How to Use The SMART Student Response System in the Classroom

How to Use The SMART Student Response System in the Classroom
Page content

SMART Response

The SMART student response system is a great way to keep a close eye on the academic growth of the students in your class. It will save you time, produce formative and summative assessments, and add a new level of student involvement to your teaching.

It is probably easier than you think to integrate this flexible assessment tool into your teaching. Here are some great ways to use it in your classroom today.

Instant Questions

Once you have set up your SMART Response class, the quickest and easiest way to start an assessment is to utilize the instant question feature. It needs no preparation, and can be set up as quickly as it takes for the students to turn on their devices.

Imagine that you have just introduced and taught a new topic. You are about to assign some practice papers, but you want to be sure that the class has understood what you told them before you let them embark on their assignments. Simply open the Notebook software, choose one or more instant questions, and you will quickly have a snapshot of your student’s understanding. You can poll the class on their understanding with true/false questions, yes/no questions, multiple choice questions, or numerical answer questions.

The teacher can ask the question orally, write it on the board, or assign a question from a textbook, and students can reply safe in the knowledge that their peers do not know their answers. Once they have all responded, you can view the class results as a pie chart or as a bar graph. This can be viewed as a whole class on a projector or SMART board, or in private on the teacher’s computer, and unless you gave the test in anonymous mode, the teacher also has access to an individual record of each and every student’s answer in the Teacher Tools section of Notebook.

Planned Assessments


Teacher’s can also use this technology to implement more formal and planned assessments. If you reach the end of a unit of learning, and wish to assess how well the students have retained the skills you taught, then the SMART student response system can be used to accomplish this goal.

Again, this can be done in a number of ways. Assessments can be created by the teacher using the SMART Notebook software and the questions can be displayed on a SMART board or LCD projector. Alternatively, you can give the students a printed copy of the questions and let them work at their own pace. You can even give a test from a student textbook. All you need do is input the answers into a SMART response quiz, start the assessment, and let students answer the questions on their handheld response units.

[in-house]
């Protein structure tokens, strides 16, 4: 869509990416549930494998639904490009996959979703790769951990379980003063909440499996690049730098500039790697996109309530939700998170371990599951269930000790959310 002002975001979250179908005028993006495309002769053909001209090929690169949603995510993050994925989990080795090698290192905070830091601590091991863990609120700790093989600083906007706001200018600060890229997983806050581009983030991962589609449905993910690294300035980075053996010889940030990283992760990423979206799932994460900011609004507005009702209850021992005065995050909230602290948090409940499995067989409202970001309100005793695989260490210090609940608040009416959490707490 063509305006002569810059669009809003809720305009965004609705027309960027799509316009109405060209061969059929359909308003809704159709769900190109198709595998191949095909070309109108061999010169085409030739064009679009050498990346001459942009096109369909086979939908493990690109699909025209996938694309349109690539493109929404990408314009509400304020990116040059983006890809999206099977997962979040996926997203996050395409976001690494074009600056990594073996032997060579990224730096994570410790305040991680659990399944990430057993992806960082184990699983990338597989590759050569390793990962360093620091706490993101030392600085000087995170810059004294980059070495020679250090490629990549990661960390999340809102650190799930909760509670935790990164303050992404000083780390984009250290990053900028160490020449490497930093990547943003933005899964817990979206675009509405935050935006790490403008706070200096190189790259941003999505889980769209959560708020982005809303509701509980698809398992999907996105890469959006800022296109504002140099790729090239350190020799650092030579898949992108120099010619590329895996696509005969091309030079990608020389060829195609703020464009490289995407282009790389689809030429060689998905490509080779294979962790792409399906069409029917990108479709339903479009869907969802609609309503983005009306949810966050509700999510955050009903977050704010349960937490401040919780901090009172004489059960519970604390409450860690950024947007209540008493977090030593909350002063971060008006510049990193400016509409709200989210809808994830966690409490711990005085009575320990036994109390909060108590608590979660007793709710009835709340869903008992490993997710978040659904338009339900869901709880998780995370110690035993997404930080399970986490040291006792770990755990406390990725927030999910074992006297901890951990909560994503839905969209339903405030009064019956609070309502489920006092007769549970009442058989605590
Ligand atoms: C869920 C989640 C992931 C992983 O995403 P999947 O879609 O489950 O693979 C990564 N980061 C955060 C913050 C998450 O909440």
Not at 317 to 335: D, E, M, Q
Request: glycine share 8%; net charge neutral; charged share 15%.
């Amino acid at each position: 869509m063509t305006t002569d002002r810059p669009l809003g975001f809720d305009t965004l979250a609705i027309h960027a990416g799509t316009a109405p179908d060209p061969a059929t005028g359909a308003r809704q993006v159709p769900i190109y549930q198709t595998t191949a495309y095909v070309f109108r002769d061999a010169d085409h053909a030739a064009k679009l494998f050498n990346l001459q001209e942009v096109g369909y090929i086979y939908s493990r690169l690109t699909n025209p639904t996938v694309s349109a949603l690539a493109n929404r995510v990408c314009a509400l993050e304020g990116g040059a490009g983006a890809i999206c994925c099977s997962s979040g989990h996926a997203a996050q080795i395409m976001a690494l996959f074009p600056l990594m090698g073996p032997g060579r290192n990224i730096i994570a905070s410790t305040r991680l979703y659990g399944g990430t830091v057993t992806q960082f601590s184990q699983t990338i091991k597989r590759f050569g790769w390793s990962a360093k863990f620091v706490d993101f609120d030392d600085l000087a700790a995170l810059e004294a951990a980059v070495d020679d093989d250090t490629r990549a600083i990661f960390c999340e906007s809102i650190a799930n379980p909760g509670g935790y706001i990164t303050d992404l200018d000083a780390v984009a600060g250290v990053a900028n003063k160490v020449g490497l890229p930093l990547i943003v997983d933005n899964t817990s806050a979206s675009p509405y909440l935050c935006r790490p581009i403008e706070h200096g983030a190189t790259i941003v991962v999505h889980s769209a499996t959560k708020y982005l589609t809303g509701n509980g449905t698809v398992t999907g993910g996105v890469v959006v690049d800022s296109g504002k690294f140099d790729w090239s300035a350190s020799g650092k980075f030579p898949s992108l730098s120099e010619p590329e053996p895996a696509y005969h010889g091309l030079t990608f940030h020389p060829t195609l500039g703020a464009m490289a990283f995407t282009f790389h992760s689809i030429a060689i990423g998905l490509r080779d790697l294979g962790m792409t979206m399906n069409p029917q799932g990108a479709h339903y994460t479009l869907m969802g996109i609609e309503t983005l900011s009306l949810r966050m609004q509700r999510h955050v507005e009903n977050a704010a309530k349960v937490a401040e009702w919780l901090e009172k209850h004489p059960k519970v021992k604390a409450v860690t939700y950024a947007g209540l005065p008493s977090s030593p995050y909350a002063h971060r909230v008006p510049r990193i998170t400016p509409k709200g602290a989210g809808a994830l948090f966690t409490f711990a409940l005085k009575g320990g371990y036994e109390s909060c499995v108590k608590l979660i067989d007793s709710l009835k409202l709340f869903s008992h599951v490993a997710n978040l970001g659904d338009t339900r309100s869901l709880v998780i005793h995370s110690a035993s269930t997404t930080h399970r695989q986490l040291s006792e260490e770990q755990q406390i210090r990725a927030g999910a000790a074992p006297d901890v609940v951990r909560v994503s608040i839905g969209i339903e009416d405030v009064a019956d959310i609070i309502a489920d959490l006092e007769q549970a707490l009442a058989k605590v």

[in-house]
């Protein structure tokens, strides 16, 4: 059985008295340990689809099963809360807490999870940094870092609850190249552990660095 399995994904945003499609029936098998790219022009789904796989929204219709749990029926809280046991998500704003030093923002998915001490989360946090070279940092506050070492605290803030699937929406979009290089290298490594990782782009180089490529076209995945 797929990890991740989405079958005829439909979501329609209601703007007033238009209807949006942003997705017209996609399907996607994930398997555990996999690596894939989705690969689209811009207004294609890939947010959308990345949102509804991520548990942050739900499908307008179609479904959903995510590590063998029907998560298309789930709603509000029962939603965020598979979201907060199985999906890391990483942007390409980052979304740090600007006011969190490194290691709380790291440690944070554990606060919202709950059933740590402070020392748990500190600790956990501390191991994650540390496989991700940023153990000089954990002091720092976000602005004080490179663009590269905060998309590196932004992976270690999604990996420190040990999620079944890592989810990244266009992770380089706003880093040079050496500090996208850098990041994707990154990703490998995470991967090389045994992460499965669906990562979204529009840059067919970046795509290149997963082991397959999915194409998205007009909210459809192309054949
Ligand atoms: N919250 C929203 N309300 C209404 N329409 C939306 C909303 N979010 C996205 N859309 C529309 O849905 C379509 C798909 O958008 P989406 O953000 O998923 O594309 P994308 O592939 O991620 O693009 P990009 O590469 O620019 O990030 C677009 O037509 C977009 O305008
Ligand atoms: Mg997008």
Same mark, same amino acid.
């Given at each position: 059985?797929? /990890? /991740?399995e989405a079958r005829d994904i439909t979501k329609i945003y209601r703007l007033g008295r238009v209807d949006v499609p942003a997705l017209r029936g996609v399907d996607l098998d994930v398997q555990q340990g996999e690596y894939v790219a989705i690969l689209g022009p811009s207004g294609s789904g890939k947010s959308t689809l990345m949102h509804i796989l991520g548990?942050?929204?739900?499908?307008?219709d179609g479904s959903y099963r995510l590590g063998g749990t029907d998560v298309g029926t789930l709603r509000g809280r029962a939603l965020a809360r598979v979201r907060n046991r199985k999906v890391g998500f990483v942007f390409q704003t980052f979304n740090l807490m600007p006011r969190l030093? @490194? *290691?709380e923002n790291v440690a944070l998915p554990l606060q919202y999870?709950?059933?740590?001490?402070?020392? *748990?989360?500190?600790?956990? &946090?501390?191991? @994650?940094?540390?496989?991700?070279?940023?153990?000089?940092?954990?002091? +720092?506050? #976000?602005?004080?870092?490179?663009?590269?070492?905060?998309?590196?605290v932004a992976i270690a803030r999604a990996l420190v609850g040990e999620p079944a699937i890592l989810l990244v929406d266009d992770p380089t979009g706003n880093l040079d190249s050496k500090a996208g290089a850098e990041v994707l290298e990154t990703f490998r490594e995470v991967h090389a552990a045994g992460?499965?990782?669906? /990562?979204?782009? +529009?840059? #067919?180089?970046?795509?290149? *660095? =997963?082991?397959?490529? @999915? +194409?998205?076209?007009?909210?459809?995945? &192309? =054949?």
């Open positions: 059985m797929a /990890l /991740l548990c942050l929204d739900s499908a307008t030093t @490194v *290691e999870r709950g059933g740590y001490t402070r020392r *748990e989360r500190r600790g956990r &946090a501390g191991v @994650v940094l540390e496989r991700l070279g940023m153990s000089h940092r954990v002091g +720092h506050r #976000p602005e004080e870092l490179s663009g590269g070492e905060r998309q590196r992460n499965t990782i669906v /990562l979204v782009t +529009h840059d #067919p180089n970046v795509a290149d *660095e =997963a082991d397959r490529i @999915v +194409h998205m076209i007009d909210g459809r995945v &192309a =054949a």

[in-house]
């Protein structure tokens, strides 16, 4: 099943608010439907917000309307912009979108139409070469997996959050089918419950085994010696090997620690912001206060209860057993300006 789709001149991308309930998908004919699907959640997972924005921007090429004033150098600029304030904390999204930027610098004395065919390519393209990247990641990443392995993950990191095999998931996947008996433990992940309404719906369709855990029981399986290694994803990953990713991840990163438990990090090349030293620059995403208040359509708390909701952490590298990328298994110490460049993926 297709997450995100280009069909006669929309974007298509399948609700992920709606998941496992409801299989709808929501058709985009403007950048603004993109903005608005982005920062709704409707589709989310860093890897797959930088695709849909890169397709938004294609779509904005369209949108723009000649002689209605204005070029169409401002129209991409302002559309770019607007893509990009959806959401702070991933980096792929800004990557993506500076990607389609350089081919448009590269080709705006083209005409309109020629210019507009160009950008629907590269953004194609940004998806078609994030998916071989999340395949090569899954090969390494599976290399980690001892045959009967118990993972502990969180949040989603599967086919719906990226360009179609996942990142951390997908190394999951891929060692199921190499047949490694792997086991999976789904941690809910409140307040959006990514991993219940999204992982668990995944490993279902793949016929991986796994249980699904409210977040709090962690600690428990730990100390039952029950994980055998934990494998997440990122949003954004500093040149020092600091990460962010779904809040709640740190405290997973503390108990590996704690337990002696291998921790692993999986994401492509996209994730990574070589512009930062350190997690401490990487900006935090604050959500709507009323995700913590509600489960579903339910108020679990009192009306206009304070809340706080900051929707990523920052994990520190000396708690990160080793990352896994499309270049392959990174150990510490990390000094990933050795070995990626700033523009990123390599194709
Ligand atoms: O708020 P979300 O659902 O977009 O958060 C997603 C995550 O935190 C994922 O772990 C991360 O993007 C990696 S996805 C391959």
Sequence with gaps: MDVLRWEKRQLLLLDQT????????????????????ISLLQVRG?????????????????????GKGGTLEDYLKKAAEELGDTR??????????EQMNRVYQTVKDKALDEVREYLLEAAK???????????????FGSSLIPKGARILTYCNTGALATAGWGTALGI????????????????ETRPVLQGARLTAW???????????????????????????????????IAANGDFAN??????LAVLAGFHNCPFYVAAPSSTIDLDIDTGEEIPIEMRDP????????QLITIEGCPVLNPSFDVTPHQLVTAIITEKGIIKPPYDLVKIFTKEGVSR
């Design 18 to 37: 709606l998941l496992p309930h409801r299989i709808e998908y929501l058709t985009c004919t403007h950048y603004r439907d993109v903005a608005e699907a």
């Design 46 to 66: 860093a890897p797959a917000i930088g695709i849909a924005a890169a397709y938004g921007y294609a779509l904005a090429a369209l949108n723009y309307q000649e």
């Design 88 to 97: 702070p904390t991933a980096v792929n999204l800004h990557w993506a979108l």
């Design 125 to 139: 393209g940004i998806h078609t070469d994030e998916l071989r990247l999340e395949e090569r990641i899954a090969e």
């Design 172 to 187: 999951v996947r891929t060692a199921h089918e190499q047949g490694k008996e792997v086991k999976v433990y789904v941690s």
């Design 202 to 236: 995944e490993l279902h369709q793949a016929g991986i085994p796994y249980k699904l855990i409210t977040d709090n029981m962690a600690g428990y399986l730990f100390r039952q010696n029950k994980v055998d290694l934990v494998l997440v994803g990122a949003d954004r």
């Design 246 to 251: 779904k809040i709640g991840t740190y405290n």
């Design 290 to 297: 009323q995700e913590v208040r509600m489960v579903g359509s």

Of course, one of the best features for teachers is that the answers collected are automatically graded, and stored on the teacher’s computer. They can be accessed and analyzed by clicking ‘Response’ and then ‘Teacher Tools’.

SMART Exchange

The SMART Exchange website is an online community where teachers share classroom resources that they have made for their classroom. Teachers can search here for ready made instructional materials for SMART boards or for the SMART Response System. Simply search for the topic you are working on, and a wide variety of resources will be presented to you. You can filter the results to show only SMART Response question sets, and download the ones you want free of charge.


The one thing that might surprise you about using the SMART student response system is how quickly it becomes an integral part of your classroom assessment. It is quick, easy, and fun to use. More importantly, it also has the potential to greatly improve the assessment practices performed in your classroom, and give you a better picture of how well your students are really doing.

This post is part of the series: SMART Response Systems

An overview of SMART’s Interactive Student Response Systems, and an explanation of how to best use them in your classroom

  1. An Overview of SMART Response
  2. How to Set Up a SMART Response Class
  3. Using SMART’s Response System to Assess Student Knowledge